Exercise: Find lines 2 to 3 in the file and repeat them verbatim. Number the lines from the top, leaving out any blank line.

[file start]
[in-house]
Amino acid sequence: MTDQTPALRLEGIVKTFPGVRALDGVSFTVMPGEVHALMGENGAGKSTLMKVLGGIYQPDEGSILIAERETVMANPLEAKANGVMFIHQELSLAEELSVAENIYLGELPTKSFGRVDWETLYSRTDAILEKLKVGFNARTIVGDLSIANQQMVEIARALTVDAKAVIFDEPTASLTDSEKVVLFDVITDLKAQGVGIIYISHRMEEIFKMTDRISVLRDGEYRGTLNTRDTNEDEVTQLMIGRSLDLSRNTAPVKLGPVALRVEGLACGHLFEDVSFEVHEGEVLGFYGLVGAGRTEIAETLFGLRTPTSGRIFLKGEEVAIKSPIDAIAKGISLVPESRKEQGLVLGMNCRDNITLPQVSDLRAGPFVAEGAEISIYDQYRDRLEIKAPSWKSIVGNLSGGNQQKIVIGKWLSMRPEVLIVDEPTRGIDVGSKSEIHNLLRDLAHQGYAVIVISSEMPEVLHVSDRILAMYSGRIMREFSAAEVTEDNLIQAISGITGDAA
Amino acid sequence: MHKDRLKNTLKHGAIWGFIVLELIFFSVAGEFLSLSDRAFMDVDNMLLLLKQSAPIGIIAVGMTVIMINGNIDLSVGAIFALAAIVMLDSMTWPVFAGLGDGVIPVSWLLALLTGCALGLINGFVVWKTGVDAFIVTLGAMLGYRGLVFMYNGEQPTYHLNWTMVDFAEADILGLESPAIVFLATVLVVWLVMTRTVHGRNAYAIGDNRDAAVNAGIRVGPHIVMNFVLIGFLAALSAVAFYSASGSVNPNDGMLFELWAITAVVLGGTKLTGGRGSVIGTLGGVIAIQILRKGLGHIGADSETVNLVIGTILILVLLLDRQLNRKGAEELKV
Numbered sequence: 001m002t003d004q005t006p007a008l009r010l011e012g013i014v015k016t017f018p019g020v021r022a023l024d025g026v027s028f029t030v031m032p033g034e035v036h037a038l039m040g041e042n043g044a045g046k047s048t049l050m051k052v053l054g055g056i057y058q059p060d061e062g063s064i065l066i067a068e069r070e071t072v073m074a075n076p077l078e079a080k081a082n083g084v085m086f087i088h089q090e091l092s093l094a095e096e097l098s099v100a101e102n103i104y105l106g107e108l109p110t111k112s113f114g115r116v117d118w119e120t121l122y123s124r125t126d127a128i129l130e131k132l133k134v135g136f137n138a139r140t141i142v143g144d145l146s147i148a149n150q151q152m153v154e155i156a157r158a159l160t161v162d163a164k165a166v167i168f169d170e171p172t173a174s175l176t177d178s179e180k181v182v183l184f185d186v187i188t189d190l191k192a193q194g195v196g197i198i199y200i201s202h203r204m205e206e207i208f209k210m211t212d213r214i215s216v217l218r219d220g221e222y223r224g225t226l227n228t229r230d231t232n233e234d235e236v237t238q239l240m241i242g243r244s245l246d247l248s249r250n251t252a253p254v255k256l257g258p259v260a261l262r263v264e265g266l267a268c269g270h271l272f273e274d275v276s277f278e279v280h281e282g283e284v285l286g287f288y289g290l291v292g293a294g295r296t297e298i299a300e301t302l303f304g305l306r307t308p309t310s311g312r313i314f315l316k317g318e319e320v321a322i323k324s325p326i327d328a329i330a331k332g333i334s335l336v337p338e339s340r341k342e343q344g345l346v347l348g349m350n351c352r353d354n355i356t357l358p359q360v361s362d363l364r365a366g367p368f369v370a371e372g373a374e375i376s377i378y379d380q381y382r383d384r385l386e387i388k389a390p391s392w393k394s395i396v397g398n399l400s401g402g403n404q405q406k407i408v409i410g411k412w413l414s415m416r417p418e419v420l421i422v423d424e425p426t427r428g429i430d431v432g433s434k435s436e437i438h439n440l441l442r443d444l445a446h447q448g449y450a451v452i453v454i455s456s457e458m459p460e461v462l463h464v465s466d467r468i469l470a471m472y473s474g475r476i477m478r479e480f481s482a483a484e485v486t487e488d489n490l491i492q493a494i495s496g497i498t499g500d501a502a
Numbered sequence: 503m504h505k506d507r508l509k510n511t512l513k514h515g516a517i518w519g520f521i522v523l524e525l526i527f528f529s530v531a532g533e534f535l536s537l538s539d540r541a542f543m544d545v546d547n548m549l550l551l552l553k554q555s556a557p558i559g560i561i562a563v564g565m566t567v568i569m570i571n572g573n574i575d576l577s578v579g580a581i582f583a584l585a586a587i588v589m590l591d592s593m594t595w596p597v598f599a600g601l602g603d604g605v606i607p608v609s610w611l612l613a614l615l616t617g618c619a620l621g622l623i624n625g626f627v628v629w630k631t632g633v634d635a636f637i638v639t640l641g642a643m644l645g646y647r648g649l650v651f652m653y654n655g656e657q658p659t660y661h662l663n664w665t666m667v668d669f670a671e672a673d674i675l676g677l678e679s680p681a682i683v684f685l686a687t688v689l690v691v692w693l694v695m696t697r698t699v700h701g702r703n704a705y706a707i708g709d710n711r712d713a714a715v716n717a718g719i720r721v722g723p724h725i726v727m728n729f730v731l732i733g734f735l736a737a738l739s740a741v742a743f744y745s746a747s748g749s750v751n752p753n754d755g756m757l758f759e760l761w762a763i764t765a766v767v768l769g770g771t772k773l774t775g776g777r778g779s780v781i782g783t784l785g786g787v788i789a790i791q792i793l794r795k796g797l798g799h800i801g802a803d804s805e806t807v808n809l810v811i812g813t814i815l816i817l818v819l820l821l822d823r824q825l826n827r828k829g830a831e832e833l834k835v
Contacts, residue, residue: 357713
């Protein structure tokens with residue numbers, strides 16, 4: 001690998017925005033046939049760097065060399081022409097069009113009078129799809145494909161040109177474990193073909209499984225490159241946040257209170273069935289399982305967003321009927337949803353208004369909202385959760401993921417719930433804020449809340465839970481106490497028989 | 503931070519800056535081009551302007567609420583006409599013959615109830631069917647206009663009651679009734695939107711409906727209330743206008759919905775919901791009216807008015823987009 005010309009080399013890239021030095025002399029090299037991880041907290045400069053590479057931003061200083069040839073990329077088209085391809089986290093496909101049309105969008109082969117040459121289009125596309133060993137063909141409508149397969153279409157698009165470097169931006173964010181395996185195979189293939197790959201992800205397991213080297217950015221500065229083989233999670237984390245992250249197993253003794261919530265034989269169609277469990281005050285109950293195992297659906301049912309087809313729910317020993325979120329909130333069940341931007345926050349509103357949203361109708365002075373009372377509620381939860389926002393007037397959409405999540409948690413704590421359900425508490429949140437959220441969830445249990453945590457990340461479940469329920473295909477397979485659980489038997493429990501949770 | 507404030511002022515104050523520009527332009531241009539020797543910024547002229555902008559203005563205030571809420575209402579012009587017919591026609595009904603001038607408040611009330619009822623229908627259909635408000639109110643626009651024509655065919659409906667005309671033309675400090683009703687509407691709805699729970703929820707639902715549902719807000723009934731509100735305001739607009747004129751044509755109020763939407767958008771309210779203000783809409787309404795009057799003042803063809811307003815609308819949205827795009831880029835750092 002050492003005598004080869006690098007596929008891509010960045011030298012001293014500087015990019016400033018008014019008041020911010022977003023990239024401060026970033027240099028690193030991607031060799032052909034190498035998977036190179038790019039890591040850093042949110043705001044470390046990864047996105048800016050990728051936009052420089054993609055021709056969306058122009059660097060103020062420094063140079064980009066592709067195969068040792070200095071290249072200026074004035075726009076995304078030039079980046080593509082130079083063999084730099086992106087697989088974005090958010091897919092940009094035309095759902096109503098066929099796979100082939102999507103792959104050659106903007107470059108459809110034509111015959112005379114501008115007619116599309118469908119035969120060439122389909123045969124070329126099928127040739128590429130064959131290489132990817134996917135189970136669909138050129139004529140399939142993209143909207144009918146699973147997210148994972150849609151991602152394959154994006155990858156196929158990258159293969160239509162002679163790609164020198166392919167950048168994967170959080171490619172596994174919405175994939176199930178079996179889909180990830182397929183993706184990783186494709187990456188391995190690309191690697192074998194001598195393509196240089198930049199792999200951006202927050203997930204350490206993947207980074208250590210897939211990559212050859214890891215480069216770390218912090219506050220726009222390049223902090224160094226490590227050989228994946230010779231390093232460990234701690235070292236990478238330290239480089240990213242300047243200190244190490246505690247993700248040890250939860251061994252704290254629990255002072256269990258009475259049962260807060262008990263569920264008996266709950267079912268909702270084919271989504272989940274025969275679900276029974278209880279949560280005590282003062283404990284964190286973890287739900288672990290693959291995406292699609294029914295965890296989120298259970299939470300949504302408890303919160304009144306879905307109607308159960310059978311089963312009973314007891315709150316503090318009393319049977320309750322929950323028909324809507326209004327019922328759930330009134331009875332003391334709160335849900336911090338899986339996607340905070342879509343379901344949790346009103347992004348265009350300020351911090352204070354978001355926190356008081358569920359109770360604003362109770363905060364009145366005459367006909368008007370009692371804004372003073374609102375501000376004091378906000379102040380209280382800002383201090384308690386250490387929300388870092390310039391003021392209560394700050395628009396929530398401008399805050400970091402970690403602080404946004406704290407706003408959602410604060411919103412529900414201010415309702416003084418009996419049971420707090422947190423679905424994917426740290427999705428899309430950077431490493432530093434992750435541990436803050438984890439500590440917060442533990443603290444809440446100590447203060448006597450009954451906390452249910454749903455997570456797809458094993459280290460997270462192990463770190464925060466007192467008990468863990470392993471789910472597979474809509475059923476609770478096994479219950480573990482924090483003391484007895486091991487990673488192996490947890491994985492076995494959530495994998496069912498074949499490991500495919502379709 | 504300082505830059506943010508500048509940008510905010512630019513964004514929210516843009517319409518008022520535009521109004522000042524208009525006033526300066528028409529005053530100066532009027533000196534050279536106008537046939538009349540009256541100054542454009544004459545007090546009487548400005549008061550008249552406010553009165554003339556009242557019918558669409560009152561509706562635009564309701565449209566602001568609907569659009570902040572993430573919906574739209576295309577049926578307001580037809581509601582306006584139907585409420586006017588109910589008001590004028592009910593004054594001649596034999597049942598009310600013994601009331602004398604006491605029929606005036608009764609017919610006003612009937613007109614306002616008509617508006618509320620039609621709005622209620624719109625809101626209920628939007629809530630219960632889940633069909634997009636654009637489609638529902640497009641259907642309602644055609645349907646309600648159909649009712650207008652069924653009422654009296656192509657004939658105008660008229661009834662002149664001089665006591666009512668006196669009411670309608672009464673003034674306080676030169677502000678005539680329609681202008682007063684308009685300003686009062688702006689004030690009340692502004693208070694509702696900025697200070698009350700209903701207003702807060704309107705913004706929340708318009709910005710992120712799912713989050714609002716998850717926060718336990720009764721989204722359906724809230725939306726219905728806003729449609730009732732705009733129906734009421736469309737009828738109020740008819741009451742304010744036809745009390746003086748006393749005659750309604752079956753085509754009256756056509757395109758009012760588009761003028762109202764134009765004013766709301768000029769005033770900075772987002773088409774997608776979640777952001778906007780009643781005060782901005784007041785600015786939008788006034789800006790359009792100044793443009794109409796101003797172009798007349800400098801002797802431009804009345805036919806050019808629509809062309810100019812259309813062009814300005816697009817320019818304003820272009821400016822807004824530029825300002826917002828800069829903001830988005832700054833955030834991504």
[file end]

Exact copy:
Amino acid sequence: MTDQTPALRLEGIVKTFPGVRALDGVSFTVMPGEVHALMGENGAGKSTLMKVLGGIYQPDEGSILIAERETVMANPLEAKANGVMFIHQELSLAEELSVAENIYLGELPTKSFGRVDWETLYSRTDAILEKLKVGFNARTIVGDLSIANQQMVEIARALTVDAKAVIFDEPTASLTDSEKVVLFDVITDLKAQGVGIIYISHRMEEIFKMTDRISVLRDGEYRGTLNTRDTNEDEVTQLMIGRSLDLSRNTAPVKLGPVALRVEGLACGHLFEDVSFEVHEGEVLGFYGLVGAGRTEIAETLFGLRTPTSGRIFLKGEEVAIKSPIDAIAKGISLVPESRKEQGLVLGMNCRDNITLPQVSDLRAGPFVAEGAEISIYDQYRDRLEIKAPSWKSIVGNLSGGNQQKIVIGKWLSMRPEVLIVDEPTRGIDVGSKSEIHNLLRDLAHQGYAVIVISSEMPEVLHVSDRILAMYSGRIMREFSAAEVTEDNLIQAISGITGDAA
Amino acid sequence: MHKDRLKNTLKHGAIWGFIVLELIFFSVAGEFLSLSDRAFMDVDNMLLLLKQSAPIGIIAVGMTVIMINGNIDLSVGAIFALAAIVMLDSMTWPVFAGLGDGVIPVSWLLALLTGCALGLINGFVVWKTGVDAFIVTLGAMLGYRGLVFMYNGEQPTYHLNWTMVDFAEADILGLESPAIVFLATVLVVWLVMTRTVHGRNAYAIGDNRDAAVNAGIRVGPHIVMNFVLIGFLAALSAVAFYSASGSVNPNDGMLFELWAITAVVLGGTKLTGGRGSVIGTLGGVIAIQILRKGLGHIGADSETVNLVIGTILILVLLLDRQLNRKGAEELKV